The Story of the Amulet
by E. Nesbit
In this third story featuring the children from Five Children and It
and The Phoenix and the Carpet
, E. Nesbit steers the "magical adventures of four children during their school holidays" in a decidedly new direction. Set in 1905, it is mainly a tale of time travel, with colorful and exotic depictions of several ancient cultures and a quest to heal an ancient amulet that has been split in half. The children are to use of the half-amulet to find the part that is missing, by speaking the Name of Power engraved on it so that it becomes an arch into past times and distant places, until they find the rest of the artifact which, once completed, will grant them their heart's desire.
For Cyril, Anthea, Robert, and Jane (also known as Squirrel, Panther, Bobs, and Pussy), the heart's desire is to have their parents and baby brother (the Lamb) back. The Lamb is with Mother in Spain, where she is recovering from an illness. Father is a journalist covering a foreign war for his London newspaper. And the children are left in the care of an old Nurse of theirs, who now runs a fairly dull boarding-house whose other tenant is an absentminded professor of antiquities.
Things start to improve when the children discover the Psammead (see Five Children and It) languishing in durance vile (actually, in a pet shop). They bring him home, and though he can no longer grant them wishes, he leads them to the half-amulet which can give them their heart's desire. But first they must hazard strange and perilous adventures in ancient Egypt, Babylon, Tyre, Atlantis, and the Roman Empire. And they must be on their toes, as anyone else who speaks a wish aloud in the Psammead's presence is apt to cause really strange things to happen. It's bad enough that wherever they go, the children end up being thrown into a dungeon or sold as slaves... Besides which, an Egyptian priest who also has half the amulet is hard on their heels. And at one point, a Babylonian queen finds her way to modern London!
In and amongst these varied and colorful adventures, we experience once again the adorable characters and bonds between them-- not only the children, but the Psammead too. My favorite part of the book is the one where the Queen of Babylon is at large in London, wreaking havoc with one wish after another on the poor Psammead. It's also hard to forget the Atlantis episode, in which the Learned Gentleman was so determined to see "the end of the dream."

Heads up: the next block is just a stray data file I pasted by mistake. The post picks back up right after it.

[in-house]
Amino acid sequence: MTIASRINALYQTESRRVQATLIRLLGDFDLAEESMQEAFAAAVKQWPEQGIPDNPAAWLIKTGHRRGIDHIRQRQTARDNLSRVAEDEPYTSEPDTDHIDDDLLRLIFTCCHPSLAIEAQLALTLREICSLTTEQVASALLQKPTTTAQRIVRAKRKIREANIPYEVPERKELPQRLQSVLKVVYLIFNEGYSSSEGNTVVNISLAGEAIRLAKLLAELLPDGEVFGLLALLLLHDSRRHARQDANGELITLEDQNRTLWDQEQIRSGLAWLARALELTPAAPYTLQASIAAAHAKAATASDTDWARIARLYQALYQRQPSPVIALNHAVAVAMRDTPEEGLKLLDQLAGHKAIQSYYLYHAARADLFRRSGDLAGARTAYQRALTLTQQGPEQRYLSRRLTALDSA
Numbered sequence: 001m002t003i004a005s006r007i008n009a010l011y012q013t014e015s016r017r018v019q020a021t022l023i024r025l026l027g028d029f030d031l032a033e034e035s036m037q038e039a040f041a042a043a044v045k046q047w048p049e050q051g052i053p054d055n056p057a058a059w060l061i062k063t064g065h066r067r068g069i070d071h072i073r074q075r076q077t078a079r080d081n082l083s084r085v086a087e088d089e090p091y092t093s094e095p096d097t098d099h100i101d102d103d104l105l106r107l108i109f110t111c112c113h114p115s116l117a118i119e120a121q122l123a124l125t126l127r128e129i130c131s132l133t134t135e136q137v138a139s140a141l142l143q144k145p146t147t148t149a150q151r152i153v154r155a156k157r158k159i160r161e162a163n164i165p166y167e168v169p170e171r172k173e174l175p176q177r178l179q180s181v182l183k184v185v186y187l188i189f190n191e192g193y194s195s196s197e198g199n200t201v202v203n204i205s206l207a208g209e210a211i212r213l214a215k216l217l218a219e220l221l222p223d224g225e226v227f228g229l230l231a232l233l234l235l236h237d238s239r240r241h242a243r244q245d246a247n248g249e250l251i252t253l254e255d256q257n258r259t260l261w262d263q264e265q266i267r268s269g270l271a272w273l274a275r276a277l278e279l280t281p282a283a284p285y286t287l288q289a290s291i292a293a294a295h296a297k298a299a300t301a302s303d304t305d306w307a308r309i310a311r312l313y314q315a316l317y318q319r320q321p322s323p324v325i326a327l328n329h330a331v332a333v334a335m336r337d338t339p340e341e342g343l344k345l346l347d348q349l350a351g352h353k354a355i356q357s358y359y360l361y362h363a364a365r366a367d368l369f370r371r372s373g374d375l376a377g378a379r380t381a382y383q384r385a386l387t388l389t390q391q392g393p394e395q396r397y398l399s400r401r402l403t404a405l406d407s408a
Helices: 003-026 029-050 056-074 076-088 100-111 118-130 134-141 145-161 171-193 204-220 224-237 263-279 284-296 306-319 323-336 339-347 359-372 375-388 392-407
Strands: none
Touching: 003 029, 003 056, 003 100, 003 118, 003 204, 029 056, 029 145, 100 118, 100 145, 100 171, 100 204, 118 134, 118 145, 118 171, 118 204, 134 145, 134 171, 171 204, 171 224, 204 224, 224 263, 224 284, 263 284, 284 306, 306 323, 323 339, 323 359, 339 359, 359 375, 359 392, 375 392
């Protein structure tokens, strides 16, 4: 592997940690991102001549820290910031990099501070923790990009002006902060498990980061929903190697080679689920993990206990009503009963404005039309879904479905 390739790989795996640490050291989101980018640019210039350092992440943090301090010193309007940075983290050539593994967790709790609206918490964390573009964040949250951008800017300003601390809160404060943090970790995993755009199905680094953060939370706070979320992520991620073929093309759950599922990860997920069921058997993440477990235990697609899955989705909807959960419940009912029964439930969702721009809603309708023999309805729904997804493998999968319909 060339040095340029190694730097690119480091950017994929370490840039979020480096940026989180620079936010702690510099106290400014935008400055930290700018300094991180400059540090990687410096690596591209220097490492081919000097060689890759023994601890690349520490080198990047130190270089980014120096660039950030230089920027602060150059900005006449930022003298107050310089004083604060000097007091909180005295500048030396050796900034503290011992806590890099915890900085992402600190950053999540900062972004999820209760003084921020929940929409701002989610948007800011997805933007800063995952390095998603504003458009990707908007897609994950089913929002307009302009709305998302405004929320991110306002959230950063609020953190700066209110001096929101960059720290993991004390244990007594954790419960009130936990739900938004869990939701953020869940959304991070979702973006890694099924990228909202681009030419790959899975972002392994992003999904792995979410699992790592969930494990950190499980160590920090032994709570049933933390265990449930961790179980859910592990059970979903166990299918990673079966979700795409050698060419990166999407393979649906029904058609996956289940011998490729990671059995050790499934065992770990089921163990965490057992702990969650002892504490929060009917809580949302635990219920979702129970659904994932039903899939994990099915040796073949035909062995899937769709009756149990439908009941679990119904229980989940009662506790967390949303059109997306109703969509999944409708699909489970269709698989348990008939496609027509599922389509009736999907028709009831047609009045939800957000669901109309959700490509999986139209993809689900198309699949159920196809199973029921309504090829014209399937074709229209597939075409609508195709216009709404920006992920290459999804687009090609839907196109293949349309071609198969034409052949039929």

But be prepared for a more grown-up adventure than the previous two books. This is not all simple, silly, innocent fun. At times you are quite strongly reminded that Edith Nesbit was a socialist, feminist, free-thinking type whose home was a meeting place for the great minds of her day, such as Bernard Shaw and H.G. Wells. One or two passages address the plight of the poor and workers, both in Nesbit's time and in ancient Egypt, in a way similar to how Charles Dickens addressed social and moral issues in his stories. Another passage, in which the children visit the future, is a piece of utopian "science fiction" truly in the tradition of H.G. Wells. And finally, the concept of the amulet with its Name of Power and the being (deity? spirit?) that speaks to the children through it, puts the story right over the line between fairy-tale magic and true fantasy. (Anyone concerned about occult content, be advised.)
On the other hand, all of this is done in Nesbit's beloved, lighthearted manner, full of personal warmth and knowing humor. In spite of its social conscience, it is not shrill. In spite of its forays into the genres of "sci fi" and "fantasy," it is still mainly a tale of the magical adventures of four charming children and their weird, crotchety, lovable friend, the Psammead. And though there is more seriousness and depth in this story than in the previous two in this series, it remains the kind of tale that you can read aloud to children with a hint of a smile and a twinkle in your eye.
Recommended Age: 8+
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